In the example, the primary problem is that a user wants to buy a printer or hire a plumber while having too many results is the secondary problem. That’s why you should build your startup MVP as simple as possible and not include features that will delay the launch and can easily be added later. You can use the RAT (Riskiest Assumption Test) approach to test ideas and validate your assumptions without implementing them.
Marketing, marketing, and one more time marketing
There are three kinds of marketing: no marketing, some marketing, and marketing. “No marketing” is when you do nothing, literally nothing. That can only lead to a situation when your product will die a natural death because no one will ever hear of it. So, unless you just want to waste your money, or waste the time of people who will build the product, don’t go for it. “Some marketing” is when you spend on marketing as little as possible, maybe because someone told you that you need “marketing” and the conversion rate tends to zero and it’s not zero only because you click on it. Even if you get a few users, most likely they won’t even pay off the infrastructure cost. So close to “No marketing”.
Did you name your startup after you? Or maybe you came up with the original name? Unless your last name is “Wonka” or “Musk” or the name is “Big Kahuna Burger”, you need marketing. Actually, you need “the marketing”, that’s the way people begin to know your product exists or is being created. It doesn’t matter how great, innovative, and helpful your business idea is, how much work and money you put into it, how cool your designs are, or how many features you have. If there are NO users, no one will have a chance to realize that your product is something they needed their whole life, no one will admire designs, no one will use all the “must-have” features you just decided you must have. People must hear of the product and if you don’t tell them about it, there is no magic spell that will just make them know about it. The other thing is, if they will remember it, that’s why the product must be remarkable.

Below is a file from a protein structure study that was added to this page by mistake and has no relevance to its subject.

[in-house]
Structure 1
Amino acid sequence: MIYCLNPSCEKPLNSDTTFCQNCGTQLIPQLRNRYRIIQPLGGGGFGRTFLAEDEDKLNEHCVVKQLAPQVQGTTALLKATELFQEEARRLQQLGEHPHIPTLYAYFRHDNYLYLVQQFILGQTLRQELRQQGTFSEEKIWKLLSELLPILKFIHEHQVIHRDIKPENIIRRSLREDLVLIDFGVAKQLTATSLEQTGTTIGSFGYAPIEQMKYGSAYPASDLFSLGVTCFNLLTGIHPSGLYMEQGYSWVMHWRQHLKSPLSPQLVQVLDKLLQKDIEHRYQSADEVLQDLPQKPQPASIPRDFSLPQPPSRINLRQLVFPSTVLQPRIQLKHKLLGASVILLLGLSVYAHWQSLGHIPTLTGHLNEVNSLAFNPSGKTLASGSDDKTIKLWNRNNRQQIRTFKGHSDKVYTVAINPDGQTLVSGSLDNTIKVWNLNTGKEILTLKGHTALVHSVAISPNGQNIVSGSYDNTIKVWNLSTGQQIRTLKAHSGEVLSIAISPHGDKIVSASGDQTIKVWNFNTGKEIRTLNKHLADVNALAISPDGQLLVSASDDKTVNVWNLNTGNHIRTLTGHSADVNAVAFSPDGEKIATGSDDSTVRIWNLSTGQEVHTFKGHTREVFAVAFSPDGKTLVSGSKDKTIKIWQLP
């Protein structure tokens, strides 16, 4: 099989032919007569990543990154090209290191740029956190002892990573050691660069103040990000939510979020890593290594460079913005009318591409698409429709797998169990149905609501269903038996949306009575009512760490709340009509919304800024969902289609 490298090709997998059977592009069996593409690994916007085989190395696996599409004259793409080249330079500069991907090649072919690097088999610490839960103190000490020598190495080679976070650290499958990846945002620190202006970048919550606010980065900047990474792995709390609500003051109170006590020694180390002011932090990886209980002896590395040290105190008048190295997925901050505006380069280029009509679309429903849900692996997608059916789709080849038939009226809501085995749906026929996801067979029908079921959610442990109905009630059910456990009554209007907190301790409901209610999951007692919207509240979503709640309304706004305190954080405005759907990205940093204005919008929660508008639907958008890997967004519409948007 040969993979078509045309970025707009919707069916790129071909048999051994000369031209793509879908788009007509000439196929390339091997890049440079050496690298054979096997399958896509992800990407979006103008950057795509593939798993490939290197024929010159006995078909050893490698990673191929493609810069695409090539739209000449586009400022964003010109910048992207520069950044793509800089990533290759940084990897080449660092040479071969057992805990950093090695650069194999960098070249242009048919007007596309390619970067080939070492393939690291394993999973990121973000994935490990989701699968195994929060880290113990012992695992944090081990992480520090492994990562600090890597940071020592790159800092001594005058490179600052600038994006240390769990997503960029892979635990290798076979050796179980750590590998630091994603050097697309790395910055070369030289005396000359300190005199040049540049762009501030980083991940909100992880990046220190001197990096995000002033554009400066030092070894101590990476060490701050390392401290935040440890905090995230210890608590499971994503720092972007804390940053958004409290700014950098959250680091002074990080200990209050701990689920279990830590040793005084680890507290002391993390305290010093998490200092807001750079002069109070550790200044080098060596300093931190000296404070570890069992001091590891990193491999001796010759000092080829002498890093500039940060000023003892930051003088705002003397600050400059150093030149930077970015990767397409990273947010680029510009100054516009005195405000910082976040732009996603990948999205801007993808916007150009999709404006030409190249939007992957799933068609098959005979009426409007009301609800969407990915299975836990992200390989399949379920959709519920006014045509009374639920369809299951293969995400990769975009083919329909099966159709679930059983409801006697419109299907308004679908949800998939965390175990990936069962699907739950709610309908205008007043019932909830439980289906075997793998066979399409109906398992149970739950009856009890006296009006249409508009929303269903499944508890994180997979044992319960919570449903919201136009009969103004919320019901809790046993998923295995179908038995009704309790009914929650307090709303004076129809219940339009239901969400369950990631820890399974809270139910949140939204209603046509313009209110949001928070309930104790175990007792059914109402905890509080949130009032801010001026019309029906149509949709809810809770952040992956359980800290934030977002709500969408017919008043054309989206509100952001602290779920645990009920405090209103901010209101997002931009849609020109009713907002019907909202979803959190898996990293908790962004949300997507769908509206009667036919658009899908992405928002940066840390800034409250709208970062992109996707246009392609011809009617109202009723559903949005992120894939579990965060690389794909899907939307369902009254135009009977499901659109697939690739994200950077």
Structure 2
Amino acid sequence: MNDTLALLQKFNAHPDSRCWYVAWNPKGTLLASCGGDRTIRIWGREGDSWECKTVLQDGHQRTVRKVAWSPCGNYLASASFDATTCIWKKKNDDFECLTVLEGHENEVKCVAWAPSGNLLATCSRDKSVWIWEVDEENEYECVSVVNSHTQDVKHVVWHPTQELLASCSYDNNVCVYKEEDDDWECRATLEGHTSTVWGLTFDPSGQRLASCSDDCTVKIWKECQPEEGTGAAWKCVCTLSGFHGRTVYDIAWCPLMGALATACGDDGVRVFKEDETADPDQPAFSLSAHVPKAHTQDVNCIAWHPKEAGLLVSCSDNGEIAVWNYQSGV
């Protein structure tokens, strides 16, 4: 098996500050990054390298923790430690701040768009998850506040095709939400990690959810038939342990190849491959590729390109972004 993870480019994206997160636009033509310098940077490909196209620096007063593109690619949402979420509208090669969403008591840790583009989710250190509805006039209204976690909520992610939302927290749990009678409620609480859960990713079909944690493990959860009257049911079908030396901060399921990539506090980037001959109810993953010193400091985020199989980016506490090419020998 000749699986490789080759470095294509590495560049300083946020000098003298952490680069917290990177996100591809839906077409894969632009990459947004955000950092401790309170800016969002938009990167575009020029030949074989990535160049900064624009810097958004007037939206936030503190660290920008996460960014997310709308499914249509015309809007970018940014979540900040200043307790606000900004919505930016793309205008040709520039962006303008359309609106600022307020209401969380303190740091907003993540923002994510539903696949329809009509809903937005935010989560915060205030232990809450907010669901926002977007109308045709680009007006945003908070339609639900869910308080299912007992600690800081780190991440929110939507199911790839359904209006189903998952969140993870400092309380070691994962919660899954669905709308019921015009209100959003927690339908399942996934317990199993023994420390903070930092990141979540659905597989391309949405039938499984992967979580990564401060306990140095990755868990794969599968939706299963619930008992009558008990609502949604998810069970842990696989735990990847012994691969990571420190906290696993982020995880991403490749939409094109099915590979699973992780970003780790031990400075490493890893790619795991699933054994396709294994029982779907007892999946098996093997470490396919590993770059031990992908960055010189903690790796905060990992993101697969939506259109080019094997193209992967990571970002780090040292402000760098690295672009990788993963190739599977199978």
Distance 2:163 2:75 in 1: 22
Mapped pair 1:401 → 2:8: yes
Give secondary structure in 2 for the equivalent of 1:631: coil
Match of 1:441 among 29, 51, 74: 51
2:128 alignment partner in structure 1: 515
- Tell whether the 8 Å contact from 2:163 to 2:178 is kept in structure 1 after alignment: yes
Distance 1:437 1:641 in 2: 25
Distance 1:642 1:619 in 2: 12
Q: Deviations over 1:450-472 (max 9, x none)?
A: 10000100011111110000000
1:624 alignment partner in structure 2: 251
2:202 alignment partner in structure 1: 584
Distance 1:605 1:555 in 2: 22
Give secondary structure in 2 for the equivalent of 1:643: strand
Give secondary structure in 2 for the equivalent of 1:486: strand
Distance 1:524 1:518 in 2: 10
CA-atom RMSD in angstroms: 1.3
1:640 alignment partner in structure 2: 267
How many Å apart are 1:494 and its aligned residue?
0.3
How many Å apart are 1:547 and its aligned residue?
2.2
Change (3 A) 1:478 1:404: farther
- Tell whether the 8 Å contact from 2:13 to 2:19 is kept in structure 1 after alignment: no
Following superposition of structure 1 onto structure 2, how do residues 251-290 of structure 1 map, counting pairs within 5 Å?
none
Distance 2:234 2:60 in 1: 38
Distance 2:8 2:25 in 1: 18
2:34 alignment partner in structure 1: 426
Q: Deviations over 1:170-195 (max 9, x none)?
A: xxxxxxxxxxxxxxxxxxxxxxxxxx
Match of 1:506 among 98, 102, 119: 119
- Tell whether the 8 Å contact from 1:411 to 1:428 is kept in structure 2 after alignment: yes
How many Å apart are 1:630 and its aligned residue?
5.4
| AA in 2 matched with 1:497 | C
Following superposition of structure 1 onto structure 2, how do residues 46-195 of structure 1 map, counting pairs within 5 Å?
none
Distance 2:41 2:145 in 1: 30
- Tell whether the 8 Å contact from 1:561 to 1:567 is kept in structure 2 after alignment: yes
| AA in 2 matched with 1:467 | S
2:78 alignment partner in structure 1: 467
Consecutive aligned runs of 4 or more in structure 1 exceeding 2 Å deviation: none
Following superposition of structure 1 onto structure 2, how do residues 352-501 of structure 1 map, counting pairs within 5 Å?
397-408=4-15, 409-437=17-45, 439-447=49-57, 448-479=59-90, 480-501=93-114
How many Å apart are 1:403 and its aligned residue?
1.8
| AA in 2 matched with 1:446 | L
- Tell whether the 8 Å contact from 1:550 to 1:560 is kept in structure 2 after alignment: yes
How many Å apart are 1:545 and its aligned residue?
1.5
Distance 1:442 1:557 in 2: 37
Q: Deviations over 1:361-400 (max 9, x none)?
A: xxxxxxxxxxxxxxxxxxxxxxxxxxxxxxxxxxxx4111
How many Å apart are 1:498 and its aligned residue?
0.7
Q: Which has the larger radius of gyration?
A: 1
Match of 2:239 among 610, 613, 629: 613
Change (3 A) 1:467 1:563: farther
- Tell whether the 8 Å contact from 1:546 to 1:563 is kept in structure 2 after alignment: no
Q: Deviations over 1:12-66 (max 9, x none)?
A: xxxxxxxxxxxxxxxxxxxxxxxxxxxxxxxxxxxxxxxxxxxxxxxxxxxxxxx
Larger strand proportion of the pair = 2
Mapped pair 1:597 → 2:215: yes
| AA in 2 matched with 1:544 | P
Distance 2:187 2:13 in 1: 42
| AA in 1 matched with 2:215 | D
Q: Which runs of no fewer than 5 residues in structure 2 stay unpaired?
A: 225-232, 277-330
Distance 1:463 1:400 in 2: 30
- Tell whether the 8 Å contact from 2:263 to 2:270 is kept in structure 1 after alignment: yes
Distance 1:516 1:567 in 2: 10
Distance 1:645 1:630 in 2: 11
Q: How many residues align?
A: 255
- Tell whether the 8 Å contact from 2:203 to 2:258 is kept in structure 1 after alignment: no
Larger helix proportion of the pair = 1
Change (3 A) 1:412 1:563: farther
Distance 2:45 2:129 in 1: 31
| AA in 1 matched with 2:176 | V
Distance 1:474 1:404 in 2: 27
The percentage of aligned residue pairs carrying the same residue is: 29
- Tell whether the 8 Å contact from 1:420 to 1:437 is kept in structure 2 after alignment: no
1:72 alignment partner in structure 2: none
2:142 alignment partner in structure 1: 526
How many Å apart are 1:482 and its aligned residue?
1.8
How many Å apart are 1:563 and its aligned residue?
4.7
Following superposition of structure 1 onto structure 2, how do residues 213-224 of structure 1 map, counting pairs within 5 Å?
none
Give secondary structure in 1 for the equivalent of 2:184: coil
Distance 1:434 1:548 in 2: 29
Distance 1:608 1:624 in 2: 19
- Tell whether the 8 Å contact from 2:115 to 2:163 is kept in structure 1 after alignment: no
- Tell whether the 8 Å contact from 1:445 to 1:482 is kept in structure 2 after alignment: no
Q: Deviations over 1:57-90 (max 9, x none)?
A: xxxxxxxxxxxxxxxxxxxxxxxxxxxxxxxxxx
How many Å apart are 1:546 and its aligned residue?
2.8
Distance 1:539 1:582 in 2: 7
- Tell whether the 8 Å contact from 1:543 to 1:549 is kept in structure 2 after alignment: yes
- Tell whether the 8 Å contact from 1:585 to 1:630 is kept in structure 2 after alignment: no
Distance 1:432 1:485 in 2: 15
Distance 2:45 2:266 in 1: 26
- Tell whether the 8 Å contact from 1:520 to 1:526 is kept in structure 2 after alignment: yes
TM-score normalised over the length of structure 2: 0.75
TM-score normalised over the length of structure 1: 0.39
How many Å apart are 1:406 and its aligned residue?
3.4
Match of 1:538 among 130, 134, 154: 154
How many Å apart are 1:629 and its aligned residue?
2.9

Choose the suitable tools
When it comes to building startup MVP, time is what costs you the most, because, before launch, you’re not guaranteed your product will be successful and every month before launch is you being in the red. What can help to release sooner rather than later is choosing the most efficient tools that will do their job. As a mobile developer, I’m going to refer to mobile development, but it’s applicable to every kind of development where you have a choice. In mobile development, basically, you have to choose between building native or cross-platform applications. As I have years of experience with Android native and Flutter development, I’m going to take these two as an example.
If you want to build exactly the same-looking apps, with some fancy custom UI for both Android and iOS, I would say go Flutter, building UI in Flutter is much easier and quicker. If you want to build high-performance with complicated calculations or lightweight applications, I would say go native, when something is universal, it has to weigh more and be less efficient. If you want to build a hardware-based application i.e. a camera app, where you want to allow users to draw, put stickers, or apply filters on the photo or video, I would say go native. In Flutter, you can merge a cross-platform and native, so maybe a particular feature can be native and the rest of the app be Flutter.